Towards Information-Centric Networking (ICN) Naming for Internet of Things (IoT):The Case of Smart Campus

11/28/2017 ∙ by Sobia Arshad, et al. ∙ University of West London IEEE UET Taxila 0

Information-Centric Networking (ICN) specifically Name Data Networking (NDN) is the name-base (content-base) networking and takes named-contents as "first class citizen", being considered as the ideal candidate to form the Future Internet basis. NDN striking features like named-data self-secured contents, name-base-forwarding, in-network caching and mobility support suits the Internet of Things (IoT) environment, which aims to enable communication among smart devices and to combine all Internet-based smart applications under the one roof. With these aims, IoT put many research challenges regarding its network architecture as it should support heterogeneous devices and offer scalability. IoT may depend on the names and addresses of billions of the devices and should smartly manage the bulk of data produced every second. IoT application smart campus has gained a lot of attention in both industry and academia due to many reasons. Therefore, to design NDN for IoT, a sophisticated naming scheme is needed to explore and it is the main motivation for this work. In this paper, we study NDN-IoT smart campus (in terms of connected devices and contents) and find that it lacks in a reasonable naming and addressing mechanism; and thus we propose NDN based Hybrid Naming Scheme (NDN-HNS) for IoT based Smart Campus (IoTSC).



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1. Introduction

As smart connected devices usage prevalent now-a-days. And plethora of these smart connected devices is referred as Internet of Things (IoT) (jabbar2016rest)-(ahmad2016smart)-(ahmad2016efficient). These smart connected devices may include smart phones, tablets, smart gadgets like iWatch, smart glass, smart brush, smart AC and gained much attention from consumers as well as from both industry and research societies. For example, IoT European Research Cluster (IERC) aims to identify the challenges to transform the IoT concept into IoT reality. IERC involves other countries than Europe to address global connectivity (ierc). Another, ICN Research Group (ICNRG) is also trying to gather requirements to build IoT architecture using ICN (icnrg). But, with the advent of IoT, its efficient network architecture is still in its infancy.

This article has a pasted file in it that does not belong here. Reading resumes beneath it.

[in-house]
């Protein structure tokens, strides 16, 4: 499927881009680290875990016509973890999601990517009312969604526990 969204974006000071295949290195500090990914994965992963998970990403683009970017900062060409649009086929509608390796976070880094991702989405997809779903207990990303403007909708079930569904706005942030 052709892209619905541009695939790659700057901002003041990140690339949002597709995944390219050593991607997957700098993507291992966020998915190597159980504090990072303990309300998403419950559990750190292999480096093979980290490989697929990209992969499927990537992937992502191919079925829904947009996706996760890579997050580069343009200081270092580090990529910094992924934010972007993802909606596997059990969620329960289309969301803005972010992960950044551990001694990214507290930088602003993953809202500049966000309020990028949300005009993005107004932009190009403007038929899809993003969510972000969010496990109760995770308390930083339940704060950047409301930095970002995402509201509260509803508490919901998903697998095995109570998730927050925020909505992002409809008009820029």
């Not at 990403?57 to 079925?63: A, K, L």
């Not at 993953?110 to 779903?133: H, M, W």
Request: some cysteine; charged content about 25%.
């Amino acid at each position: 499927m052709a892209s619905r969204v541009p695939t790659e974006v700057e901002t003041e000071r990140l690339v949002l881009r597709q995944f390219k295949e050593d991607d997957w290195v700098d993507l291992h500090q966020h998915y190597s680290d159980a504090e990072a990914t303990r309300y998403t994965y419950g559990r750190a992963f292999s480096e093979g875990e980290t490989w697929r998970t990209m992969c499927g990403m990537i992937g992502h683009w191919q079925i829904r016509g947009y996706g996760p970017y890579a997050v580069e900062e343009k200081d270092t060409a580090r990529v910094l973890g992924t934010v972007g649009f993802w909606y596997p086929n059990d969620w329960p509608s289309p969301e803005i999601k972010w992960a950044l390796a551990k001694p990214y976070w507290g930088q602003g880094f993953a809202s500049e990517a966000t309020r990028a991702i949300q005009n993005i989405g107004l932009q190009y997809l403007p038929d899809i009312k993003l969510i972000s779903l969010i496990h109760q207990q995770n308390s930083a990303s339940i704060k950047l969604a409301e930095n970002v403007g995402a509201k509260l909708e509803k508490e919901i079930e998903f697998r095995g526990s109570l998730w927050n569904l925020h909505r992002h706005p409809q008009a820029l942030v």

In the context of ICN, architectures are proposed like NDN, PURSUIT, SAIL, MobilityFirst, CONVERGENCE, COMET, Green ICN and C-DAX (ICNsurvey)-(AmadeoCampoloQuevedoEtAl2016). ICN has many research areas to be explored yet and naming the contents is one of them. Among these ICN architectures, NDN is implemented as proof-of-concept and gaining a lot of attraction through research community (ccnx-prominent-proof-of-concept).

Hierarchical naming scheme is used to name the contents in NDN. This naming scheme provides long variable length names (ICNsurvey).

Figure 1. Smart Campus, Computer Engineering Department (CPED), UET, Taxila.

On the other hand, in general, IoTs contents are ephemeral, short-lived, small, fresh, different priorities and from different locations. Therefore IoTs contents have special features and factors that need to be accommodated/ considered while naming any specific content.

In this paper, we select ”Smart Campus” as an IoT usecase, as shown in Fig. 1. We take smart campus because it involves almost all operations that any other IoT application does and research for smart campus is a never ending process as we can keep adding smart services to make it more smarter. At the same time, it is very emerging research topic from both academics and industry perspectives(agarwal2016toward)-(xu2016toward)

. Moreover, in cases like smart home, IoTs scalibility may not be estimated appropriately due to limited number of nodes and data.

Further, we state IoTs based Smart Campus (IoTSC) as a building or combination of many buildings that may utilize(s) many smart sensors (temperature, humidity, pressure, proximity and etc.,), actuators (AC, lights, fans, doors, windows, vehicles, mobile phones, alarm buzzers) and connecting devices (Ethernet, Wifi, Bluetooth) to provide anytime connectivity. CAmpus Server (CAS) is responsible to provide connectivity among all devices and monitor all activities as controlling agent as can be seen in Fig. 1. NDN based IoTSC application can provide many services as energy management, security and privacy.

Then, in this paper, we propose NDN-based Hybrid Naming Scheme (NDN-HNS) to name contents and devices considering best features from ICN naming schemes (zhang2016uniform) for IoTs environment. Providing holistic naming scheme for NDN-IoT is the major contribution of this work. In this scheme, name is assigned to content in three components: IoT application prefix, hierarchical, flat-hash and attribute-based. Proposed naming scheme can provide scalability, security and addressing and naming to data contents and devices.

Rest of the paper follows with some background, importance and NDN based research efforts of smart campus w.r.t IoT in section II. Proposed NDN-HNS and its important parts are described in section III and finally we conclude our so-far work in conclusions section.

Figure 2. IoT Applications Categorization.

2. IoT based Smart Campus and NDN Related Research Efforts

This section firstly, presents an overview of smart campus importance in IoT from both academics and industrial perspectives. Further we describe why TCP/IP is less suitable for IoT. Then we discuss some research efforts in which NDN is considered for IoT and smart campus.